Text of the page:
No, NVIDIA is not spying on you with its new drivers and telemetry utilities


These days featured a news that NVIDIA seemed to be spying on us with new telemetry system integrated into the GeForce Experience utility that is provided as part of the installation of new versions of their drivers.

This telemetry system, claimed some media, he devoted himself to collecting data from our activity that NVIDIA could then be used widely. An analysis of its operation however seems to make clear that the data collected does not violate the user’s privacy, so the company – which also wanted to clarify the matter – is not doing anything suspicious.

The controversy is served

The debate was raised a few days ago in Major Geeks appeared an article in which it indicated how this telemetry system was new and did not clarify what was used, and also indicated how to disable these options.

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The debate on Reddit seemed to say that NVIDIA was collecting personal information that went beyond information using the card, something that could be worrisome. Although telemetry is reputed to be synonymous with “espionage” by that data traffic that is sent and received constantly with these tools, the reality is different.

The problem, as indicated cautiously in that original article, was the fact that so far the data collection was not needed before this. In addition, they added in that article, with the drivers were still installing the NVIDIA Wireless Controller (only valid if we have an NVIDIA wireless card, something unusual), as well as ShadowPlay services, which allow you to capture and record photos and videos of games, Something that Windows 10 itself facilitates since its release.

What is NVIDIA really gathering?

However, a deeper analysis of this system showed that there was no danger. Gamers Nexus was studied in packet transfer with WireShark tool and there it became clear that the GeForce Experience tool, and not as such- controllers were connected to servers NVIDIA, among other things, to obtain images of the games that are Showed in utility.

Besides that you collected information from your computer: what kind of graphics we (make and model), its operating frequency, brand and resolution of your screen, applications and games installed, or the characteristics of our CPU, memory or plate base.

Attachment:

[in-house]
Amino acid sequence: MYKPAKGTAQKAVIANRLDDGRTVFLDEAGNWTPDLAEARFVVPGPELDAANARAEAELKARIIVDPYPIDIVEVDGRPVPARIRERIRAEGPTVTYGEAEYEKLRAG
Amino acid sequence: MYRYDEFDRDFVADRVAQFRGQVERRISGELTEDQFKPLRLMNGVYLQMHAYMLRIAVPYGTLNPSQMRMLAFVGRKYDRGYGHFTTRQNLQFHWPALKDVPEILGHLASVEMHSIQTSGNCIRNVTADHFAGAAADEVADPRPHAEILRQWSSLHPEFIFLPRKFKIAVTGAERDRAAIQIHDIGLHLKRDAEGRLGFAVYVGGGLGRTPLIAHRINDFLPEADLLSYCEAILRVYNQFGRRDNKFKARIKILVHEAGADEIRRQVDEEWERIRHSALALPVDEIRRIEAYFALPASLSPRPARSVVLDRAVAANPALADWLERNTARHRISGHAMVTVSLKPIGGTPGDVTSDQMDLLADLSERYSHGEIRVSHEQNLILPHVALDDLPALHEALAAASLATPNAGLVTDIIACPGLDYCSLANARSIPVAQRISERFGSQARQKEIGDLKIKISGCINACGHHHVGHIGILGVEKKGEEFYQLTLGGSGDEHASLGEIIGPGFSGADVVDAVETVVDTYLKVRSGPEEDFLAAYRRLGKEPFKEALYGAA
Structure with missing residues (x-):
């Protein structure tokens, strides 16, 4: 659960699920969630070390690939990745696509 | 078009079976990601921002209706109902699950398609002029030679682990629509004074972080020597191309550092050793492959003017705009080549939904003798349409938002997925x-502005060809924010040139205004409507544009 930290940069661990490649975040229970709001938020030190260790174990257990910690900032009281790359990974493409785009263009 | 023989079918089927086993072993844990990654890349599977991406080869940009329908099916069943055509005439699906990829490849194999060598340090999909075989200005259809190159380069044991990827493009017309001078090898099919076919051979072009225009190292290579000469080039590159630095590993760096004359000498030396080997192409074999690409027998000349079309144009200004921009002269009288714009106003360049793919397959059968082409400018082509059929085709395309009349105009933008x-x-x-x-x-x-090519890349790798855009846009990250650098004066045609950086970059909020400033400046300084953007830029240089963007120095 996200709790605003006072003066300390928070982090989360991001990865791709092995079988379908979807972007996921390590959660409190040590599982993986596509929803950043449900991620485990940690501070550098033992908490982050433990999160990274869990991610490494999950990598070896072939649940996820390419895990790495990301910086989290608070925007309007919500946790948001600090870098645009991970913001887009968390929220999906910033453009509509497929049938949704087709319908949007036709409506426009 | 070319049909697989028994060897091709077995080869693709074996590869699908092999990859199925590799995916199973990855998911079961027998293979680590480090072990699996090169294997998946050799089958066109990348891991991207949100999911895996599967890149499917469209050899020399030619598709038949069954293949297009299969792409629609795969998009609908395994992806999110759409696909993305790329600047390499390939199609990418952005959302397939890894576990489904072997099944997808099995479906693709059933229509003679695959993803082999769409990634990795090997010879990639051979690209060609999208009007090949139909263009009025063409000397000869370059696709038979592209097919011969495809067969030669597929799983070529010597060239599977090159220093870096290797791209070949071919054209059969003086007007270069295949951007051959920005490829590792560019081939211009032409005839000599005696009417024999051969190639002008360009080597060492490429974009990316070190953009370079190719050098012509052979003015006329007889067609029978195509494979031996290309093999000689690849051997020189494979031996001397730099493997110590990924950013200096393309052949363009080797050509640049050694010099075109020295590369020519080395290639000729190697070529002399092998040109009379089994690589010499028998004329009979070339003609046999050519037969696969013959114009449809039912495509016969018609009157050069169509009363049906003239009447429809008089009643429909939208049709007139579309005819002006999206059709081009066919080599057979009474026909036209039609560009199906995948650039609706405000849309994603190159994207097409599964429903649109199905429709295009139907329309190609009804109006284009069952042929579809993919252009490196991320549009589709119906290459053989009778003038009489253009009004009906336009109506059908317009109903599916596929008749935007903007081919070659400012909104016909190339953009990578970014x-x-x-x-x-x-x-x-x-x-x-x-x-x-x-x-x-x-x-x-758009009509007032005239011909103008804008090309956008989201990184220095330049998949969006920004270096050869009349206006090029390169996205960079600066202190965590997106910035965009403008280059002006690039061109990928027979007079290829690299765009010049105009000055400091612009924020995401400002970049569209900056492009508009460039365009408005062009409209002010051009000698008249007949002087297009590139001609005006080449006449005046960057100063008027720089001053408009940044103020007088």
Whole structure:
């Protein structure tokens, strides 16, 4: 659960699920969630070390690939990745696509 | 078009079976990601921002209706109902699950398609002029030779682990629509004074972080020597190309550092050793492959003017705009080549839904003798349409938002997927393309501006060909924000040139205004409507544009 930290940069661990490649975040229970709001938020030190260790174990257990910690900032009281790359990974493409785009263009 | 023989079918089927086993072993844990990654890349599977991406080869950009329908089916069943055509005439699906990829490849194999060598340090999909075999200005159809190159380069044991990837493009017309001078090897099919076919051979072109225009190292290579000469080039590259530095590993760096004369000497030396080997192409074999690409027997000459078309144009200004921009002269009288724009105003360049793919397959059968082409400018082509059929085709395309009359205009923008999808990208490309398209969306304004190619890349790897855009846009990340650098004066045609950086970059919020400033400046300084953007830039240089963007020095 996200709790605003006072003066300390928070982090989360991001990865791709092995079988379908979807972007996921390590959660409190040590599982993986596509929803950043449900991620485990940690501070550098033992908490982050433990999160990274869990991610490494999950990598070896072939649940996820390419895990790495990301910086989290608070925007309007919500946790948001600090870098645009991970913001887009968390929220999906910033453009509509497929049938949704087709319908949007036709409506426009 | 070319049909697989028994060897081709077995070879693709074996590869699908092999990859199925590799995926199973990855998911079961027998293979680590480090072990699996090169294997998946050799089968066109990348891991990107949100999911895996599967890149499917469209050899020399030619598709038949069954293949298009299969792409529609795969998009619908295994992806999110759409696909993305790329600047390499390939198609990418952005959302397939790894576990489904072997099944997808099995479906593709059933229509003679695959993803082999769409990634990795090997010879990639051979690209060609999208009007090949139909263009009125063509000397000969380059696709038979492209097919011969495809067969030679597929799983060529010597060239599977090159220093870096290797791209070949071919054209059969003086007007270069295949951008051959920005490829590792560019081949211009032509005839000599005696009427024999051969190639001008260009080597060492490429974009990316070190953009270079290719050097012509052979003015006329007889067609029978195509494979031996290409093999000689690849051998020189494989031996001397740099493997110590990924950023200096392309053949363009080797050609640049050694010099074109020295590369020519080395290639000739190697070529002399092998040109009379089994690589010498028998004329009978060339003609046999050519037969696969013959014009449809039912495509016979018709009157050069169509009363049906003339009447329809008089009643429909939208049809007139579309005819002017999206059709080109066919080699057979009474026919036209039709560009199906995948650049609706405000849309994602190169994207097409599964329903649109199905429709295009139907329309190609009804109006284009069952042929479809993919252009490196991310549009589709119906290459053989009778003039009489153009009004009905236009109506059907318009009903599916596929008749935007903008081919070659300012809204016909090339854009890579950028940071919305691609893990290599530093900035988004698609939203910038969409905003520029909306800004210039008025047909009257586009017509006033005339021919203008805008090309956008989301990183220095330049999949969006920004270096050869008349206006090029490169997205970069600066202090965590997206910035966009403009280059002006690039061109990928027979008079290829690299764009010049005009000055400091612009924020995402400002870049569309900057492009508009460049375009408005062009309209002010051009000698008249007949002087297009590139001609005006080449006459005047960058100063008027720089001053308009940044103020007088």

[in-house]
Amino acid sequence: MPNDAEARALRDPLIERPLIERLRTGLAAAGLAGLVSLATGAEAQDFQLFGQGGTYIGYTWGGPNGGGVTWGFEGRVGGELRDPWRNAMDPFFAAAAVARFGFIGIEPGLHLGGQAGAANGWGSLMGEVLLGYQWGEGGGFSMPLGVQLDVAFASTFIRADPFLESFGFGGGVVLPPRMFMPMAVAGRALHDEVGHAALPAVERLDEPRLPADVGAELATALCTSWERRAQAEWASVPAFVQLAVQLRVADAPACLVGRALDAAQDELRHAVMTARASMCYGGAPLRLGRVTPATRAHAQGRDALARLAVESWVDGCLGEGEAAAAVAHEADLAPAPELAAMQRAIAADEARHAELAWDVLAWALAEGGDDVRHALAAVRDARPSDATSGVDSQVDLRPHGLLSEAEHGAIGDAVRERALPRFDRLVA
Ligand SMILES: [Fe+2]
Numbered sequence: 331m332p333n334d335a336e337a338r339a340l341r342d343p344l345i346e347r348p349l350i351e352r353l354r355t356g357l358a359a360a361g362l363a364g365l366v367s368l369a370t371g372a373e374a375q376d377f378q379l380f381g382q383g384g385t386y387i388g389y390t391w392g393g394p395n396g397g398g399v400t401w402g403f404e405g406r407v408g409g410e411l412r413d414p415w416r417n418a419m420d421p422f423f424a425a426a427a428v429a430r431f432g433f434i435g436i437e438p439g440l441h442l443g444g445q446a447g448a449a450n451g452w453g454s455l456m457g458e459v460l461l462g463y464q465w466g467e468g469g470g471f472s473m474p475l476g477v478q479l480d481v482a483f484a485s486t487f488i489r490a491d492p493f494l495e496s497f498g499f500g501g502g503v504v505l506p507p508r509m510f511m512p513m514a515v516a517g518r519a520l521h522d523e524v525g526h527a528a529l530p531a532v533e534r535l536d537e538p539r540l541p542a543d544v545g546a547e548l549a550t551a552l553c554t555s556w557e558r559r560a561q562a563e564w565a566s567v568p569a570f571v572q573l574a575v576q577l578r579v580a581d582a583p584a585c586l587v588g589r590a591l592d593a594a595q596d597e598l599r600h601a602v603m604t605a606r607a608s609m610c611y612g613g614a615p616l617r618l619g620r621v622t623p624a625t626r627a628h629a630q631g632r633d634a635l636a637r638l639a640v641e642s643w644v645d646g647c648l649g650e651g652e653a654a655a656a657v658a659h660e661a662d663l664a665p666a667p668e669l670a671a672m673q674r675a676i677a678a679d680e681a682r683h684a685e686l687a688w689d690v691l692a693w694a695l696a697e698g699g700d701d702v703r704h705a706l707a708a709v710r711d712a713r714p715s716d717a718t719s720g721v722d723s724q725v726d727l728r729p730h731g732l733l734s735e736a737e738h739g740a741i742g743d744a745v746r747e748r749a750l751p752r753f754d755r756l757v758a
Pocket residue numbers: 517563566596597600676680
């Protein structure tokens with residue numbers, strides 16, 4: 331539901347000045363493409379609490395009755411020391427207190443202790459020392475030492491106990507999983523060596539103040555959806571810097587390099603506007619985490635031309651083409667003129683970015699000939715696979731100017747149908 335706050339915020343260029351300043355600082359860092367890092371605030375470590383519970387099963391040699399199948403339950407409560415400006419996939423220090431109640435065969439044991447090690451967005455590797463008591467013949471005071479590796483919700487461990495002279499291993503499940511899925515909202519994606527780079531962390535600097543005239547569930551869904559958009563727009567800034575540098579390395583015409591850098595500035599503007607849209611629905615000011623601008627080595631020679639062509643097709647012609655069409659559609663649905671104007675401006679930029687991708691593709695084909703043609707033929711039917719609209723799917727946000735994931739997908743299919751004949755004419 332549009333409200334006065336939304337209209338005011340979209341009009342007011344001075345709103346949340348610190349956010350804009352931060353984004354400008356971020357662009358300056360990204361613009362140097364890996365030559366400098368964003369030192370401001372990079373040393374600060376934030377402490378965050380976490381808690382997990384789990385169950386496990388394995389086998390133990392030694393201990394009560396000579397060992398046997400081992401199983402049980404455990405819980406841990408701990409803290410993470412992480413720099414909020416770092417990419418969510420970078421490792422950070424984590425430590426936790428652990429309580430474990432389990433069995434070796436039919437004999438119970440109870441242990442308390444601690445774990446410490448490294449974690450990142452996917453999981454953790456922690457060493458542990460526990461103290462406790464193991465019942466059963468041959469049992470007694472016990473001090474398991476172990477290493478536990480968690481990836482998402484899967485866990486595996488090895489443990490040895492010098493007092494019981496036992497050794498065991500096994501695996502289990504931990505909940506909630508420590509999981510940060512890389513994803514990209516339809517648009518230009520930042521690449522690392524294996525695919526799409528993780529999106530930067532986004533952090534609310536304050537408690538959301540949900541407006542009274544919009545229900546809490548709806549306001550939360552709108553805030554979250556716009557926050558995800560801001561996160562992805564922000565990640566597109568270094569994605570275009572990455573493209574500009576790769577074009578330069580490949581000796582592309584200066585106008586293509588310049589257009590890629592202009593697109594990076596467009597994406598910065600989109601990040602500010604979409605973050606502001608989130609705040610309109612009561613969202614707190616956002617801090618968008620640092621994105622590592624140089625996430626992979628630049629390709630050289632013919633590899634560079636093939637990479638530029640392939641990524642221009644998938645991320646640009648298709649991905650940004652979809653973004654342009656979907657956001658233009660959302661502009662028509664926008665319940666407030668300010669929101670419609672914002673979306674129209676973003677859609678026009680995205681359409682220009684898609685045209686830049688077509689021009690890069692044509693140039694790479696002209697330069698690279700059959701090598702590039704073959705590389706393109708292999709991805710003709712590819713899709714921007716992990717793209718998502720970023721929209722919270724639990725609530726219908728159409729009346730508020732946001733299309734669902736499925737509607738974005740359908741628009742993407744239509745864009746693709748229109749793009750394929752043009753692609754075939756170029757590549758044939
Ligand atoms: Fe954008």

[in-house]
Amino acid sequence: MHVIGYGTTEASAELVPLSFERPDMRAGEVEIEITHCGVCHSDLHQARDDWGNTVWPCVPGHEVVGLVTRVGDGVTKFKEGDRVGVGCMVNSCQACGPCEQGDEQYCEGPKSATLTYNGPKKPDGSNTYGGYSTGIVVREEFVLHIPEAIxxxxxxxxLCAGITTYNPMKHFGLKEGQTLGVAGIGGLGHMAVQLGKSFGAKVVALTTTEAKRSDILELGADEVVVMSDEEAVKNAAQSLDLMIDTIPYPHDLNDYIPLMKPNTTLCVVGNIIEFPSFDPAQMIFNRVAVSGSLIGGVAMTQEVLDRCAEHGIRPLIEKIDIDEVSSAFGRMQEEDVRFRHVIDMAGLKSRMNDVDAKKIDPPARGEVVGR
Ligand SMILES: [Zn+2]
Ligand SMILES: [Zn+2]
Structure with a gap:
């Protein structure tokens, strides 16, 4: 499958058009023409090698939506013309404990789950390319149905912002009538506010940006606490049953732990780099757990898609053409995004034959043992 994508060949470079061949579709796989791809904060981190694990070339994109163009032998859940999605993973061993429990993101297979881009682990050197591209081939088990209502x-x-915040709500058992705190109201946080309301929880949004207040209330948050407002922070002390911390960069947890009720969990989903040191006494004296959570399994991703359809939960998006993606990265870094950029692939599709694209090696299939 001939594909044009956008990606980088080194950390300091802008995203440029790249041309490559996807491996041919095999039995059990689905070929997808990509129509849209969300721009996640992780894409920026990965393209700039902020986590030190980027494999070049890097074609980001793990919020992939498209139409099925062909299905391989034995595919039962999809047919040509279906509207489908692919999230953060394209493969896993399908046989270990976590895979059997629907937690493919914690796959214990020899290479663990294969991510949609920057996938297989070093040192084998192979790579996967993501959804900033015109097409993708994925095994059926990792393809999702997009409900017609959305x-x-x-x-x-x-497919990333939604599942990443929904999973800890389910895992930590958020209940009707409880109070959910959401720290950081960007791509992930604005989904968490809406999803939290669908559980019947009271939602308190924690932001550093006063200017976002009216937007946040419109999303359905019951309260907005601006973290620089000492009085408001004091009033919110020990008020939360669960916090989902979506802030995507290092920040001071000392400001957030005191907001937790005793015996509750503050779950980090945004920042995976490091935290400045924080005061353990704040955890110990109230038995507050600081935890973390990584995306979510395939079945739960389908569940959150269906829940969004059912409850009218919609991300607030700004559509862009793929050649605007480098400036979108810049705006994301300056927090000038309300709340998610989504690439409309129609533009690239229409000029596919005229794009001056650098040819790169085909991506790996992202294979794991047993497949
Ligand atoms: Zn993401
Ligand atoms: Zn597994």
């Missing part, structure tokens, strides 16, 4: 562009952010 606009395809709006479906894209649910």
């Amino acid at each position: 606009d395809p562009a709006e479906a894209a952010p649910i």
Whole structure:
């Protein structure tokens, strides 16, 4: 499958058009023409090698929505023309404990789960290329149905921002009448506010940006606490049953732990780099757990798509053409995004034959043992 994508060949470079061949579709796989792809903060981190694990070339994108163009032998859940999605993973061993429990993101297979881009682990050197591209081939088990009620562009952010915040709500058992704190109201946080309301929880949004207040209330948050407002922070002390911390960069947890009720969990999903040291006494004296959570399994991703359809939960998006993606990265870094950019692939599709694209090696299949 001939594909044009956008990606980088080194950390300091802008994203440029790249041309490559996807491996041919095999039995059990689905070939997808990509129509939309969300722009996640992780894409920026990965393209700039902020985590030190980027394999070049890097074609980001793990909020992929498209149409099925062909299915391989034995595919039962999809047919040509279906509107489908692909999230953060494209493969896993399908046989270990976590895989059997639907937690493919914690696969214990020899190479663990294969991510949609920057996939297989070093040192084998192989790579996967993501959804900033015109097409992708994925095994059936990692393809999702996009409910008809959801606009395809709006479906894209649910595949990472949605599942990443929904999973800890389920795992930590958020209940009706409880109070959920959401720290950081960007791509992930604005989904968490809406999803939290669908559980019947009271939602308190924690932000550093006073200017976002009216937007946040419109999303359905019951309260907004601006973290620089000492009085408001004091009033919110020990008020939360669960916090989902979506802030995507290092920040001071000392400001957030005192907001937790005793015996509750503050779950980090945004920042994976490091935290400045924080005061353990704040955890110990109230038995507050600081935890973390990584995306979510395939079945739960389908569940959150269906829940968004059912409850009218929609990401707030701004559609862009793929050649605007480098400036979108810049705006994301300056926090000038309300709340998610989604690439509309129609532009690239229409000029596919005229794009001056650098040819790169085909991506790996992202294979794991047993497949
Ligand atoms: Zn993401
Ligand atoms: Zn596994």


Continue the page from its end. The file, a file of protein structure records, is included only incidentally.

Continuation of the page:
One of the fundamental differences in the new GeForce Experience 3.0 is the fact that registration is now necessary for a user to use it, including the login to use Shadowplay.

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NVIDIA clarifies the situation

Those responsible for this analysis contacted the company to try to clarify what was happening with this new version of that utility. In response, the NVIDIA itself stated the following regarding the data collected:

GeForce Experience collects data to enhance the application experience; This includes crash and crash reports as well as system information needed to provide the right drivers and optimum settings. NVIDIA does not share any personally identifiable information collected by the GeForce Experience with anyone outside of our company. NVIDIA can share aggregate data with specific partners, but does not share data at the user level.

The nature of the shared information has remained consistent since the GeForce Experience 1.0 presentation. The change in GeForce Experience 3.0 is so that data collection and error reporting is now performed in real time.

These “data at the aggregate level” refers to data that help you make global conclusions, such as NVIDIA explained, the fact that there are 80 million users of GeForce Experience utility. This explanation is consistent with the privacy policy that NVIDIA offers on its official website.

The findings of the analysis are clear: both personal data (our system) and aggregates are collected in a reasonable manner, and can help developers for example to know how to play the majority of its members. As those responsible for the analysis point out logically, we must rely on NVIDIA and that indeed that collection of personal and aggregate data is used as dictated by its privacy policy.

Concern over the issue is therefore exaggerated, and if you use graphics from NVIDIA and that application can be reasonably quiet, at least if you trust the above terms of use and privacy policies of the company.